Twin Pregnancies: Slower Labor Is Normal

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Labor takes longer in women pregnant with twins, a new study shows, suggesting that these mothers and their doctors could wait a few more hours before opting for cesarean delivery.

Using a national database of labor and delivery information from several clinical centers, the researchers found that twins required about one to three hours more than single babies to complete the first stage of labor. During this first stage, the cervix opens until it is wide enough for the baby to pass through; the second stage of birth is the actual delivery of the baby.

"Our data supports the suspected findings that labor progression of twin gestation is prolonged, compared to a singleton gestation," said study researcher Dr. Heidi Leftwich, a maternal-fetal medicine fellow at the University of Illinois at Chicago. "Doctors could let twins labor longer before calling it 'failure to progress.'"

The researchers compared about 900 twin pregnancies with 100,500 singleton pregnancies that served as controls. [9 Conditions That Pregnancy May Bring]

The researchers measured the time it took for women's cervixes to dilate 1 centimeter as a gauge for labor progression, and adjusted the results for confounding factors such as weight of the baby, mother's age and weight, and whether this was her first time giving birth.

In twin pregnancies, it took an average of 12.7 hours for the cervix to progress from 4 centimeters to fully dilated, at 10 centimeters. In singleton pregnancies, this took an average of 9.6 hours.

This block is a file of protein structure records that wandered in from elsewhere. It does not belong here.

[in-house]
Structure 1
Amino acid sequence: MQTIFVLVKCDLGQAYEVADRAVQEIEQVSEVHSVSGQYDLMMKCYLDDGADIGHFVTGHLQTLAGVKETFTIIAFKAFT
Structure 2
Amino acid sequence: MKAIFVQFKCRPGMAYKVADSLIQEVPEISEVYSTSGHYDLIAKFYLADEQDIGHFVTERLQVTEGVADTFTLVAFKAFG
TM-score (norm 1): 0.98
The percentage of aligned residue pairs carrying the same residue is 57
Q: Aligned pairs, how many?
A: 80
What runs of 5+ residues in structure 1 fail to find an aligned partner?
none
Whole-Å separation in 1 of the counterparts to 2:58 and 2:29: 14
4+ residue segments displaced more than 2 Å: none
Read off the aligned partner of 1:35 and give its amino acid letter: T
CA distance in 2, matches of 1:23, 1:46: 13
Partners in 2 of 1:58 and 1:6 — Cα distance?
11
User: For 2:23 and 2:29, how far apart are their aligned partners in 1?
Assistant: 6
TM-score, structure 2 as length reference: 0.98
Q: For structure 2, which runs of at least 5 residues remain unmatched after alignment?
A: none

"Women who are pregnant with twins should anticipate that their labor may take longer than if they had a singleton gestation," Leftwich said.

In deciding whether to recommend a cesarean delivery, physicians look at how a woman's labor is progressing using a tool called the "Friedman labor curve." The curve shows the average time it takes for a woman to progress to 10 centimeters of cervical dilation and deliver the baby, and allows doctors to determine whether a patient is having a normal labor pattern.

This labor curve, however, may be outdated. It was devised in the 1950s and experts say it may not be a good estimate for the contemporary population. Today, both women and newborns are heavier on average compared to past decades, and more women use epidurals for pain relief. Such factors may affect labor progression.

Moreover, labor progress in twin gestations was not addressed in Friedman’s original work in developing the curve.

The researchers also found twins weighed on average 1.7 pounds (800 grams) less than singletons. Women with twins were more often older, and were more likely to deliver preterm. Twin gestations were almost twice as likely to have cesarean births.

It is not entirely known why twin labors take longer. One hypothesis that an overextended uterus may not function quite as well as it does in a singleton pregnancy, Leftwich said.

There are other reasons that a C-section may be recommended; for example, one or both twins may be out of position.  

 "The decision for a cesarean delivery shouldn't be only based on the strict definition of labor progression," Leftwich said.
 

Email Bahar Gholipour or follow her @alterwired. Follow LiveScience @livescience, Facebook & Google+. Original article on LiveScience.com.

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